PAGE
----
Process management is a structured approach to performance improvement that centers on the disciplined design and careful execution of companyâ„¢s end-to-end business processes. Formally a business process is an organized group of related activities that work together to create a result of value to customers (Eg: Order fulfillment, product development and post-sales support)
The two most important words here are organized and together all activities in a business process must work together; they must be aligned for the common purpose of serving customer needs. People must operate as team instead of focusing narrowly on individual tasks and protecting turf. All activities in a business process also should be guided by a design that specifies which activities are to be done when and by whom. A process design ensures repeatability and consistency.
Generally companies find it effective to identify 5 to 10 major business processes. Consider order fulfillment which represents all activities from the time a customer places an order until the customer has received shipment and paid. That order-to-cash process transcends functional boundaries and integrates customer service, logistics, finance and even manufacturing to serve a common goal. Other top-level processes are similarly broadly encompassing.
Although a functionally organized company performs all the activities involved in turning an order into payment, it does not perform them as a process. The activities are handled by departments largely unaware of one another and pursuing different performance objectives. Conflict and sub-optimization ensure, as well as increased overhead and non-value-adding work. Moreover, because no one is responsible from start to finish, there is no one to establish and enforce a precise and repeatable overall design; variation and improvisation are the consequences.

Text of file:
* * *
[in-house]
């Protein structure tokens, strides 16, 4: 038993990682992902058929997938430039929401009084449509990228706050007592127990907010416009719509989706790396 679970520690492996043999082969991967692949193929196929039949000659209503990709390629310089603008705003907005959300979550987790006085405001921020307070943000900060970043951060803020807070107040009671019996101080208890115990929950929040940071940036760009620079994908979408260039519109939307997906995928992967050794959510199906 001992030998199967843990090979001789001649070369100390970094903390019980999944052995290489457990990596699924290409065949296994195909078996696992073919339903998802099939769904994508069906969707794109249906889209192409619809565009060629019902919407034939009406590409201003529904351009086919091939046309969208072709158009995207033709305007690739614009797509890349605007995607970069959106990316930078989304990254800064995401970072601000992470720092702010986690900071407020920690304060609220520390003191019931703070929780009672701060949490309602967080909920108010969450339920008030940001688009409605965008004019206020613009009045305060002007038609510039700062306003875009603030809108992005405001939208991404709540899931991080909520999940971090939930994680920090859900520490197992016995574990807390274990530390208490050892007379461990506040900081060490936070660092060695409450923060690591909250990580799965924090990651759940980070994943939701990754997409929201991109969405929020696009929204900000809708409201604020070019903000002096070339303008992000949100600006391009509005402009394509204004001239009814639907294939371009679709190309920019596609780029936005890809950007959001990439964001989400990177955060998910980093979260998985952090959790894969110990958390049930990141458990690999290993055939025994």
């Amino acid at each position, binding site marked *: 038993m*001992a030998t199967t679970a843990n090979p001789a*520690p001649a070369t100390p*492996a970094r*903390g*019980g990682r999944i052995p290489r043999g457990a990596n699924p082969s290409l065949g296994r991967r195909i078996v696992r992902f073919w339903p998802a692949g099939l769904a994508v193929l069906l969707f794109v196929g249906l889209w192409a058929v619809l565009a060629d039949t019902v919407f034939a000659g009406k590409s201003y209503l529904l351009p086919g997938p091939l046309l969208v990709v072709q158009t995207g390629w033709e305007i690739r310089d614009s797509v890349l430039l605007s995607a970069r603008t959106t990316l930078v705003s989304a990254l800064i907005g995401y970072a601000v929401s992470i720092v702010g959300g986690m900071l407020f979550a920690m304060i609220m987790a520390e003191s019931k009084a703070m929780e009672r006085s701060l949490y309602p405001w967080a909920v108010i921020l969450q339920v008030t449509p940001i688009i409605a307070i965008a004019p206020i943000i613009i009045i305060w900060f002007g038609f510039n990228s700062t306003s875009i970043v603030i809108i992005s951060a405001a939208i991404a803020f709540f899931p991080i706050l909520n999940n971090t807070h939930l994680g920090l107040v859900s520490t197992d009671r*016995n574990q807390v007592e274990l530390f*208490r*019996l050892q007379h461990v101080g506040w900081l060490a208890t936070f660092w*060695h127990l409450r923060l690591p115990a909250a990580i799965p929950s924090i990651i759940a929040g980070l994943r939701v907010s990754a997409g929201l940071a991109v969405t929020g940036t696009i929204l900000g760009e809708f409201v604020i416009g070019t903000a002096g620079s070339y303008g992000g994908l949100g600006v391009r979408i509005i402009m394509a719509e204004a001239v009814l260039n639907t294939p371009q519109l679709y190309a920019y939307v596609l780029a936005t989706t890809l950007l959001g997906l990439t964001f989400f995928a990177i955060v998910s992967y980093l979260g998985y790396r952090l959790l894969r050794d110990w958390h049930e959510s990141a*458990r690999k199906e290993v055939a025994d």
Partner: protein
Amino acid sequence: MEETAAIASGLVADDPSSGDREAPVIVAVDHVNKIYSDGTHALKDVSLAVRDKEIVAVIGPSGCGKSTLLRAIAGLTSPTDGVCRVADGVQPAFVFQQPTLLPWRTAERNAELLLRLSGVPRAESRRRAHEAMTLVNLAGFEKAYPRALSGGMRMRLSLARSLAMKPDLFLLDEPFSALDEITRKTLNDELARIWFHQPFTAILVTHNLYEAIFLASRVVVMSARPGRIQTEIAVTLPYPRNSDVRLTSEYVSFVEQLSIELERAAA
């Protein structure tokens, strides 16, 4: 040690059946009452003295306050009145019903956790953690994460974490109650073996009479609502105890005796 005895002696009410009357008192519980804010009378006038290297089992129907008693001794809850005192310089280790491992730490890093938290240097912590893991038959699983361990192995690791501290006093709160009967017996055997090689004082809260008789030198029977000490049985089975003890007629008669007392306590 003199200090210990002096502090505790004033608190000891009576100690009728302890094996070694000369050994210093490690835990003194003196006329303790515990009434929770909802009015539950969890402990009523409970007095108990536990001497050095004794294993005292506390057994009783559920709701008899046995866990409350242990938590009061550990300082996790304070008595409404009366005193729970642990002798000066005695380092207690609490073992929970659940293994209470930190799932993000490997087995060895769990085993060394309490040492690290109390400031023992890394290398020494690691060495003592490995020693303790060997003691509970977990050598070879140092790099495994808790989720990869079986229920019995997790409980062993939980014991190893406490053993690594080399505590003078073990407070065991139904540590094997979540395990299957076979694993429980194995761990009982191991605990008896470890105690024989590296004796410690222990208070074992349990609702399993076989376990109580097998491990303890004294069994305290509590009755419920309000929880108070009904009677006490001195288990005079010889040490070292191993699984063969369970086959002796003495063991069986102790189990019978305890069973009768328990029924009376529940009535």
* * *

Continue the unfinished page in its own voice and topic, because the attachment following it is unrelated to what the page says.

Process management ensures that activities are thought of, designed and performed in a process context. When employees recognize that their individual activities are part of something larger, they align around customers and common goals. When a process has an explicit end-to end design people can perform it consistently, and managers can improve it in
a disciplined way. Process management ensures that a companyâ„¢s business processes are well-designed, that the designs are followed, and that they are kept up-to-date
Identify company processes
Make people aware of the processes and how their own work fits in.
Create and deploy measures of end to end processes, assess current process performance and set targets.
Designate process owners responsible for ensuring consistently high performance
Select 2 or 3 processes for redesign and improvement.